Candidates Marihelen Wheeler and Ed Braddy are going head-to-head for the District 2 County Commission seat.
Wheeler is pursuing re-election as the incumbent, while Braddy is making his return to politics after serving as Gainesville mayor from 2013 to 2016 and previously on the Gainesville City Commission.
Wheeler, a 71-year-old retired middle school teacher, is the current chair of the Board of County Commissioners. She is the Democratic candidate in the race.
Wheeler names environmental protection of water sources and preventing substance abuse among youth as some of the issues she hopes to address.
Wheeler said she hopes to work with police departments in Alachua County to diminish current substance abuse. She also plans to work with the school board to implement career development programs that can attract youth to alternative choices.
“We’re trying to make sure that we’re engaging our young people at an earlier age,” she said.
Wheeler is also a proponent of water conservation and sustainable water use. She aims to work on fixing areas that have the highest amounts of wastewater.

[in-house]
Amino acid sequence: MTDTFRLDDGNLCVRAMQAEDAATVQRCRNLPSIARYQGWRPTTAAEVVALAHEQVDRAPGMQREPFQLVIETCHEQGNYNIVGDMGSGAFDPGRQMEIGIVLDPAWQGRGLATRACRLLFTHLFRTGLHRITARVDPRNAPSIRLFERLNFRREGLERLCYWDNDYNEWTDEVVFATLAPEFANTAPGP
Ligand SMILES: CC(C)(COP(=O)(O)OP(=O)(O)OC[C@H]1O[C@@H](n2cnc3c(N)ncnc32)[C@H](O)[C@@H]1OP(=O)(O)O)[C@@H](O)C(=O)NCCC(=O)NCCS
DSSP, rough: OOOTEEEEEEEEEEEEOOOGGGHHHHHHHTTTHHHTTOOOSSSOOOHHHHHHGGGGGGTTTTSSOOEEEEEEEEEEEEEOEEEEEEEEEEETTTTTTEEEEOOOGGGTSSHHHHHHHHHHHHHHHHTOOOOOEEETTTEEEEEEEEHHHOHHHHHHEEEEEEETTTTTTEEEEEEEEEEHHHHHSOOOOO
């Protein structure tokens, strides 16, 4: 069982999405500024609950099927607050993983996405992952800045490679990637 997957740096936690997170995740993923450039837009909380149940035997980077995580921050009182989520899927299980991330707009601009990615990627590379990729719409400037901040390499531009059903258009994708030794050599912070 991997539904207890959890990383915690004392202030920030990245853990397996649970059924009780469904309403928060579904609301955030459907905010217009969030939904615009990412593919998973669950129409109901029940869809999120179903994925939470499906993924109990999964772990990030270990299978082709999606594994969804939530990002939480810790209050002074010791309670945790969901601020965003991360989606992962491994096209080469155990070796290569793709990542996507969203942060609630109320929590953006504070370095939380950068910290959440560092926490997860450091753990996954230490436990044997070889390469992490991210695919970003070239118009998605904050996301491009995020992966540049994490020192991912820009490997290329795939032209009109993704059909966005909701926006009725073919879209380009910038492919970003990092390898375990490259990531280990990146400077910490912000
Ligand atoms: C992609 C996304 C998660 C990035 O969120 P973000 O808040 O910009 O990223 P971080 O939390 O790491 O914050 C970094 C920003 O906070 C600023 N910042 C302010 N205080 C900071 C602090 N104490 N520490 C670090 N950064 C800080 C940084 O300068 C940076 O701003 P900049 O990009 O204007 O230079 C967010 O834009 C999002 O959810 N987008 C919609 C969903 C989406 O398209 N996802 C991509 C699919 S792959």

“I would really like to see us quit giving our water away,” she said. “I would also like to see us cut back on water usage on lawns. I would like to make it illegal for us to put in ground water sprinkling systems.”
Braddy, 50, is the current chair of the Alachua County Republican Party and is working at Santa Fe College as a testing coordinator. Braddy voices support for the creation of single-member districts for the county commission.
“Clearly the status quo of one-size-fits-all is not yielding better representation,” he said. “Single-district representation tends to mean you get better representation and more attune focus.”
Braddy is critical of the way the current county commission is handling the budget for infrastructure. If elected, he hopes to realign existing revenues to address things like broken roads or run-down infrastructure.
Braddy wishes to address housing affordability at the market conditions and reduce costs at the start of the development process.
He feels that suburban housing is a crucial step in home ownership, and eliminating it creates a gap in the market between what people would normally purchase as a starter home.
“You either get a luxury house in the $400,000 range, or you get nothing you get you're stuck in your apartment,” he said.
Both candidates have had controversies during their time in office.
Wheeler is currently facing a lawsuit that questions her residency in her district in Alachua County, a necessary prerequisite to becoming a county commissioner.
Early voting for the midterm general election is going on until Nov. 5. All residents of Alachua County can vote for Wheeler or Braddy on their ballot.